The title to these properties Is clear.
title being evidenced by United States parent and approved by attorneys of excellent standing, and Insured by the California Title, Insurance & Trust Co., of Sam Francisco. The Empire Consolidated Quicksilver Mining Co. is a New Jersey corporation, capitalized ait $5,000,000, the value of the shares being $10 each, full paid and non-assessable.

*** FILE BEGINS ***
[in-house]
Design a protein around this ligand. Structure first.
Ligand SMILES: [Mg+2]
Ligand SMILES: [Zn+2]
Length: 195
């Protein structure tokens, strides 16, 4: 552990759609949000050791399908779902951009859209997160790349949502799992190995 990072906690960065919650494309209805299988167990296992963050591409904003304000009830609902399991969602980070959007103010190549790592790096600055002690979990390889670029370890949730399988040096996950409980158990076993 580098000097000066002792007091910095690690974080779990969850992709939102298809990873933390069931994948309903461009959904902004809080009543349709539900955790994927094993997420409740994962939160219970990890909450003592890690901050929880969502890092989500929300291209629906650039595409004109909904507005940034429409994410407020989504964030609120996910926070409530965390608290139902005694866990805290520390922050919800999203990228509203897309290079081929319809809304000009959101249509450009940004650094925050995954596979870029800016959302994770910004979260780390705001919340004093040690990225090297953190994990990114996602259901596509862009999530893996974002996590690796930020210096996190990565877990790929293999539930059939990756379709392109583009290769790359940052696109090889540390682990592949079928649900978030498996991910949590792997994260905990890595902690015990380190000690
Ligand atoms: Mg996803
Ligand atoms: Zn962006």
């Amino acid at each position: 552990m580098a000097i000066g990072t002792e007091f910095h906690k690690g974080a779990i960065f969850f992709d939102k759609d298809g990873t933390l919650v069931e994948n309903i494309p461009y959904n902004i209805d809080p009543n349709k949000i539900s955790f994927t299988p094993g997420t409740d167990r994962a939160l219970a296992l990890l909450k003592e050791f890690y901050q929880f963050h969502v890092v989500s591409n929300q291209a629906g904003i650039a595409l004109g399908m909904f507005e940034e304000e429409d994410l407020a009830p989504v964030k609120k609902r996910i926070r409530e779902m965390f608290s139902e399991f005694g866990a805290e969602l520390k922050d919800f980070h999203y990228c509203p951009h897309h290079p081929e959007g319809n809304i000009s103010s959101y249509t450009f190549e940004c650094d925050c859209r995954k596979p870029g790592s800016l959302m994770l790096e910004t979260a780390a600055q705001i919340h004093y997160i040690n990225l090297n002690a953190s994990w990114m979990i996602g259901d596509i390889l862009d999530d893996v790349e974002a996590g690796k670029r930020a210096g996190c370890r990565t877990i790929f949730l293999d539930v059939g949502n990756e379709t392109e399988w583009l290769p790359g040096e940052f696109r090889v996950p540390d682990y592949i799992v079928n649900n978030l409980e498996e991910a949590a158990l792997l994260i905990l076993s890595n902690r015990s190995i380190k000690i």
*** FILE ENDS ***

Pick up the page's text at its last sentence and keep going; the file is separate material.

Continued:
The directors inform us that they have invested to a considerable extent their own money in the enterprise, and have entered the field f >r the promo"io:i of new enterprises, with the intention of building up a reputation for honesty and fair dealing, which will insure to them the success and the confidence of the investing public. One feature of their manner of operation is the employment of a chartered accountant clothed with powers similar to those of a national bank examiner, who Is authorized and empowered at any time to call for an examination of the books and accounts of any officer or employe of the corporation, and to go at least twice a year to California to audit the receipts and disbursements, and the entire business management of the mines by the general manager of the company.